Libraries at University of Nebraska-Lincoln


Date of this Version

January 1999


Co-published simultaneously in Journal of Library Administration (The Haworth Information Press, an imprint of The Haworth Press, Inc.) Vol. 28, No. 1, 1999, pp. 81-92; and: Collection Development in a Digital Environment (ed: Sul H. Lee) The Haworth Information Press, an imprint of The Haworth Press, Inc., 1999, pp. 81-92. Single or multiple copies of this article are available for a fee from The Haworth Document Delivery Service [1-800-342-9678, 9:00 a.m. - 5:00 p.m. (EST). E-mail address: getinfo@]. Copyright 1999 by The Haworth Press, Inc. Used by permission.


In changing times with many uncertainties, managers need planning processes that encourage flexibility and creativity.We can think strategically about the future; we can envision an ideal future. But in the practical, real world of decision-making, we need a system that helps us to both think the unthinkable and plan for multiple options. We can not always guess correctly about the future, so we need to design techniques that let us envision a variety of options and then plan for those possibilities.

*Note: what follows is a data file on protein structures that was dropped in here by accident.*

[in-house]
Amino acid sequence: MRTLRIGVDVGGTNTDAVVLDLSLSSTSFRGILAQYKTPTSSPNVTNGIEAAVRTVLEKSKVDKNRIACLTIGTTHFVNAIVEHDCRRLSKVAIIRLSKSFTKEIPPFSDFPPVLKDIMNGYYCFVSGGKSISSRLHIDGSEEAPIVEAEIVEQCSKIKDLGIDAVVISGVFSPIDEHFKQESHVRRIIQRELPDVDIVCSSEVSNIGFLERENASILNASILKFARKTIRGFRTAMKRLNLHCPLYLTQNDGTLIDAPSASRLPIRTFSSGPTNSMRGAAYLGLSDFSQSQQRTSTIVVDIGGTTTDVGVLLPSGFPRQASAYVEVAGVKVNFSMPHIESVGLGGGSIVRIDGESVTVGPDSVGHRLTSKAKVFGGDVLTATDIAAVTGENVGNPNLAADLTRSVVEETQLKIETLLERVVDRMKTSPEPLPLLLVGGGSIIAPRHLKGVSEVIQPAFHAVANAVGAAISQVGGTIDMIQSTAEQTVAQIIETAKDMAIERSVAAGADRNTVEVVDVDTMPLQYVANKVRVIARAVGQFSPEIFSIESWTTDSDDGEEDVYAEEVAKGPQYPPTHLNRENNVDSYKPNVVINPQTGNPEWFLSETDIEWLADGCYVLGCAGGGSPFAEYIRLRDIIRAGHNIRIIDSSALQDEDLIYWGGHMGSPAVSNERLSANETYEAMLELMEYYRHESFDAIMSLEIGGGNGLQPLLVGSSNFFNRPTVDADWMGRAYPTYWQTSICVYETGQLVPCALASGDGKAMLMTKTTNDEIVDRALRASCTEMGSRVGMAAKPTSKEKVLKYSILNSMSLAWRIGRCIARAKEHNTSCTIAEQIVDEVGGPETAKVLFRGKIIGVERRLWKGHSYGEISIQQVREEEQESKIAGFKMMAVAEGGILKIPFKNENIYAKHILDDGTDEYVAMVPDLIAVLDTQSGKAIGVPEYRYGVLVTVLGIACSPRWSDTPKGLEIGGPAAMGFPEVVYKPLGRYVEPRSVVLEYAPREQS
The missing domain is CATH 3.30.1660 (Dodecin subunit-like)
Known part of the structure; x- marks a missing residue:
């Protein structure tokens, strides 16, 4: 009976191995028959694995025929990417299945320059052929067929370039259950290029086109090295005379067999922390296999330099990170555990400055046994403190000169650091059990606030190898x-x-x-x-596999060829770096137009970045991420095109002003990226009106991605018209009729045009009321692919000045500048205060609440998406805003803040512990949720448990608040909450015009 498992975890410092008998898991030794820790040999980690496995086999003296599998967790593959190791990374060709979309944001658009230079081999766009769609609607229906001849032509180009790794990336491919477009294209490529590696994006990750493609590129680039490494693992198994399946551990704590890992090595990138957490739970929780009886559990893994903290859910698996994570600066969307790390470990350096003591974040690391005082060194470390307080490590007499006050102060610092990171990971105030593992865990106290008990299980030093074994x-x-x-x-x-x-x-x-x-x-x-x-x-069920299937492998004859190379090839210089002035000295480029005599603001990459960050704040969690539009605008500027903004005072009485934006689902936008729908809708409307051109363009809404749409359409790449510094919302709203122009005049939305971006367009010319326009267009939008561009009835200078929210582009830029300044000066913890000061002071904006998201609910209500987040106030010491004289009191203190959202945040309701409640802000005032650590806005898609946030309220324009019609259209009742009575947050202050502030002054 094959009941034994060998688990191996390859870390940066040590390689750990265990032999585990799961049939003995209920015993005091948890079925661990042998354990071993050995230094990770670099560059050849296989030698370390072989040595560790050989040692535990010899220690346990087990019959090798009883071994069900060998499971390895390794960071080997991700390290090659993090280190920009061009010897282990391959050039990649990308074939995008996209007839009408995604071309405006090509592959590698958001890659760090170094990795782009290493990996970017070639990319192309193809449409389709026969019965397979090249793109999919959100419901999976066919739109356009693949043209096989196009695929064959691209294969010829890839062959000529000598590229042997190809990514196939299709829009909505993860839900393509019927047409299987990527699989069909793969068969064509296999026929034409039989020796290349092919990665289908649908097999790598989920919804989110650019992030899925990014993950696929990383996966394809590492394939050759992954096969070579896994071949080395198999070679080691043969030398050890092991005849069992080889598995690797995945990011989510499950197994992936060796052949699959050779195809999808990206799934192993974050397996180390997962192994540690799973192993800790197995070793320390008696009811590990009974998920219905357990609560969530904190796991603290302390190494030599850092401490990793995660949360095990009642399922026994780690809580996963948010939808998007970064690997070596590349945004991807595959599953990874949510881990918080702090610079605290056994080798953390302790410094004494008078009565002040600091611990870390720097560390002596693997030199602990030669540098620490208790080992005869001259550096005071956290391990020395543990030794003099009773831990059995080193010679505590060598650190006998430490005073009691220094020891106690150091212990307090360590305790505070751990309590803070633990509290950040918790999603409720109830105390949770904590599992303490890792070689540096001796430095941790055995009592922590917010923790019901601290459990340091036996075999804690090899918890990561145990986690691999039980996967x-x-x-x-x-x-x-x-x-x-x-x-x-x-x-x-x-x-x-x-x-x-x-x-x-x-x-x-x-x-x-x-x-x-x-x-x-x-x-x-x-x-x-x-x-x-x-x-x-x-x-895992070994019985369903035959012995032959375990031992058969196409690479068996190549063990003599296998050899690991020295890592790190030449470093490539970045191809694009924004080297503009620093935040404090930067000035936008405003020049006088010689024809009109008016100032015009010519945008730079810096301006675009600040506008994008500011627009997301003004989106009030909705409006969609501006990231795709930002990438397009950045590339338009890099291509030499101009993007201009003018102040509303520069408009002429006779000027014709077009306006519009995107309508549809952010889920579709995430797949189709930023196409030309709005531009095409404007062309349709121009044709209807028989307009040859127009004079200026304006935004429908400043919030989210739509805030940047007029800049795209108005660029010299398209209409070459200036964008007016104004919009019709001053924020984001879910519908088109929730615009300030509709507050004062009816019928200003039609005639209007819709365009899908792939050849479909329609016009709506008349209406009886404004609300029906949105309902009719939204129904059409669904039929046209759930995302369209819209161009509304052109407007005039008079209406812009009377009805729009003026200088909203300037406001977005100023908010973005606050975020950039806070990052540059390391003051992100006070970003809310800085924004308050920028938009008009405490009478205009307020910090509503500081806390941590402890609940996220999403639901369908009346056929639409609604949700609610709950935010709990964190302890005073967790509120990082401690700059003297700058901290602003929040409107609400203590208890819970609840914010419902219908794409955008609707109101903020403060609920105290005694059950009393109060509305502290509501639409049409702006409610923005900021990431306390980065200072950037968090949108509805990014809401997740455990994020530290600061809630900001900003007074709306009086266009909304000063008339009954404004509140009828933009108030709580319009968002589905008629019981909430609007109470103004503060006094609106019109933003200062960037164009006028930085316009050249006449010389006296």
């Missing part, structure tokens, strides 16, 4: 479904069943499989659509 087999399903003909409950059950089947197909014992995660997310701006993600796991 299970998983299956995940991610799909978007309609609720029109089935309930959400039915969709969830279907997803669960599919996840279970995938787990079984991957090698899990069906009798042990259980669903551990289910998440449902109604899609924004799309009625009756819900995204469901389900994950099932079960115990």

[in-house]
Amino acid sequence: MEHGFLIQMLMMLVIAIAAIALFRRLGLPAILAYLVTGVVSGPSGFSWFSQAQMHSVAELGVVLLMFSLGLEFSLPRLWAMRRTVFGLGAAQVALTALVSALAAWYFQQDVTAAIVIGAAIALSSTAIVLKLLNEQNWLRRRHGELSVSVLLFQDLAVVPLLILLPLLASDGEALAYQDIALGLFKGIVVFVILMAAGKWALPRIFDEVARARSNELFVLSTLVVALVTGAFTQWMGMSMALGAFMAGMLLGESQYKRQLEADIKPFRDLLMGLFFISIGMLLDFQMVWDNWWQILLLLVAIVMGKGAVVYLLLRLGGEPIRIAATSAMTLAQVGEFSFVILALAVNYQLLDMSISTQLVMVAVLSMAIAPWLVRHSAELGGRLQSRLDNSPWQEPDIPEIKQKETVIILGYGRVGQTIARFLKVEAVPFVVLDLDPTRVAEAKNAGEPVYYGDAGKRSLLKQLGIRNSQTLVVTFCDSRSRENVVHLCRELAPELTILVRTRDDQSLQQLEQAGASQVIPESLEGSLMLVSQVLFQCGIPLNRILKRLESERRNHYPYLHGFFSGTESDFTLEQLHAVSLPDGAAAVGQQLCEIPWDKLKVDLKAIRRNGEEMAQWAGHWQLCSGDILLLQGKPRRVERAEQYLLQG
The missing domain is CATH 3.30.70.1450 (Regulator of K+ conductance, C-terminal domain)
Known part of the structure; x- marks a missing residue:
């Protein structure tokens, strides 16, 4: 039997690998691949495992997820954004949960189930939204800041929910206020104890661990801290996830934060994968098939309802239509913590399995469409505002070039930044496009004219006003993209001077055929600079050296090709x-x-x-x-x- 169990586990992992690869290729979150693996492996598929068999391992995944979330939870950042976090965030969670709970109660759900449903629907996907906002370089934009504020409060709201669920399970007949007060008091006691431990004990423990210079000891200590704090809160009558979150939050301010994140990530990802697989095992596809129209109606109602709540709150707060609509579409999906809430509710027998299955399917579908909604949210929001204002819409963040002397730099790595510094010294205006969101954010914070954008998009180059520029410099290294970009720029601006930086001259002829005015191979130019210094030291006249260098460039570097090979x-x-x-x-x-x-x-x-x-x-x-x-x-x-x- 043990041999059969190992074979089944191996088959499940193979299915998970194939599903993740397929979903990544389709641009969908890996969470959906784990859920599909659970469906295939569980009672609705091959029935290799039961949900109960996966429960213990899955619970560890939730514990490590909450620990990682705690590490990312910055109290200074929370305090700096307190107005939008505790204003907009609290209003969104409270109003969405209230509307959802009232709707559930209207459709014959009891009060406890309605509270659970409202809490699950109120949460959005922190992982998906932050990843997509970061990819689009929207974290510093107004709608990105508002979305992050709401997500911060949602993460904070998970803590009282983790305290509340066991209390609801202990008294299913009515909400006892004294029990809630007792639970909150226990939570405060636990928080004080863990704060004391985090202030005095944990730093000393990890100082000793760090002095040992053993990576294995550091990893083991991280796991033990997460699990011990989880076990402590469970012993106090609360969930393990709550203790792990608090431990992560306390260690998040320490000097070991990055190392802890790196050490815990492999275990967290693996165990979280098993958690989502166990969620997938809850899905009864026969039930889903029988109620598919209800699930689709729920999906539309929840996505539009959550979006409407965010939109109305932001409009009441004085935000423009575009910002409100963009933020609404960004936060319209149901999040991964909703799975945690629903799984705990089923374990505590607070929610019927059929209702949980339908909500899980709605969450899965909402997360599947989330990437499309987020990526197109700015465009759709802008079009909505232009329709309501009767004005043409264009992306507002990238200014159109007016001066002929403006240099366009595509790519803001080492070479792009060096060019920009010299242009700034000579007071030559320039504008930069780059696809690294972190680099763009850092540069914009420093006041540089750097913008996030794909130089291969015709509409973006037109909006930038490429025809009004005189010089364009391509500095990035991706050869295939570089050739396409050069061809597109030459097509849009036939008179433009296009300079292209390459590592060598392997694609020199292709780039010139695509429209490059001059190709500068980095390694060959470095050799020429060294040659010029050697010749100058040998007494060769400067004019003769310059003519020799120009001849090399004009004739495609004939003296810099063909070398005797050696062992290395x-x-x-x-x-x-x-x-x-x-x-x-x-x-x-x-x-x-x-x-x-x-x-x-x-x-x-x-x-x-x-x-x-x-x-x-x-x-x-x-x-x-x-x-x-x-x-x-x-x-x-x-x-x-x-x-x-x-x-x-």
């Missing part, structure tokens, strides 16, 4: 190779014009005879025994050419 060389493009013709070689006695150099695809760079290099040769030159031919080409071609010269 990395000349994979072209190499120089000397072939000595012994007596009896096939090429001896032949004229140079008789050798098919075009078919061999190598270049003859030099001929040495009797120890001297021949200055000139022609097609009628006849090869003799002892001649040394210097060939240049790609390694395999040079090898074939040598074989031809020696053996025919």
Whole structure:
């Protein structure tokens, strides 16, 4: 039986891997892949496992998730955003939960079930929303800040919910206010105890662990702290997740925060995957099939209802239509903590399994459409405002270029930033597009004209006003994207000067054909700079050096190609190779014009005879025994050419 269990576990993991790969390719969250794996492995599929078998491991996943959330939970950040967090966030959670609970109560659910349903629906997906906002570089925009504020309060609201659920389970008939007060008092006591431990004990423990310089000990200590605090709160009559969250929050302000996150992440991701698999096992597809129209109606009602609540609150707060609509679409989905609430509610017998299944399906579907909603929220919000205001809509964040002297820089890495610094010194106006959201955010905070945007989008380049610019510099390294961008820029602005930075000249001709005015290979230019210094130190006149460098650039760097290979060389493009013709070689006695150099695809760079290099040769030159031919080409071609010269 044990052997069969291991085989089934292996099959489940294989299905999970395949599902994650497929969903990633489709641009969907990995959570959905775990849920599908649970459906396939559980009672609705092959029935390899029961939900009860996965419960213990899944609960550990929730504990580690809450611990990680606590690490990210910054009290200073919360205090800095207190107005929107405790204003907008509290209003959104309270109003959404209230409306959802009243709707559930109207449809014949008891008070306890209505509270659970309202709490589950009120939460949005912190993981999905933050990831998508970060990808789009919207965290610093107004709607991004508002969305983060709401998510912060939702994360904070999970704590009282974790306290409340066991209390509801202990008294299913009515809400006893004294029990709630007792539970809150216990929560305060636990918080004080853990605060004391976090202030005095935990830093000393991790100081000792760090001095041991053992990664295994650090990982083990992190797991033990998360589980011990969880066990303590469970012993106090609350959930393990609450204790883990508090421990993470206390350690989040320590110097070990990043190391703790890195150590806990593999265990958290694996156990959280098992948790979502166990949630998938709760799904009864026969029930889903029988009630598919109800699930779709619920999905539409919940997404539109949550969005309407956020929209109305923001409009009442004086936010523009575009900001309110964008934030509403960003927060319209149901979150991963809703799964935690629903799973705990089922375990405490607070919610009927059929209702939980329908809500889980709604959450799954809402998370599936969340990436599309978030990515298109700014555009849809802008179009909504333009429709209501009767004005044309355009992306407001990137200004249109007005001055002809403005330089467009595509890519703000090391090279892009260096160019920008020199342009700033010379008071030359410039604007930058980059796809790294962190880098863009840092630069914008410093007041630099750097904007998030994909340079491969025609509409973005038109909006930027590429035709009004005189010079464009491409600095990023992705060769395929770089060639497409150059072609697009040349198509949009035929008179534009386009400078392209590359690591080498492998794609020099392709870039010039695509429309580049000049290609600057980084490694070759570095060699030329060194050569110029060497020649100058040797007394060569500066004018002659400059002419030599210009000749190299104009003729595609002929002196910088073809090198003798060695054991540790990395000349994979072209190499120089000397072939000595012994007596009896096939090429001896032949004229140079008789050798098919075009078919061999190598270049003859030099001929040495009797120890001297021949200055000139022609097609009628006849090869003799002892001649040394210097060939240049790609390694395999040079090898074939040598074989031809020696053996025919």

One technique that can help managers plan for multiple futures is scenario-driven planning. Scenario planning is a structured, disciplined technique for identifying key driving forces in the environment that have an impact on the organization and then using that information to design a series of scenarios or stories that describe possible futures. Using these stories, managers can design strategies that will help the organization reach its goal under a variety of circumstances. The stories help managers identify their own assumptions about the future and test those assumptions as they review and renew the scenarios.

The result of scenario planning exercise is not an accurate prediction of the future. Rather, the stories provide managers with options to consider and help managers create their own futures. Managers can make better decisions when they have considered, discussed, and imagined a variety of options and not just worst case, best case scenarios.

In this paper I will outline the technique of scenario planning and then provide the results of a mini-scenario-planning process we used at the University of Nebraska-Lincoln to look at collection development and digital information.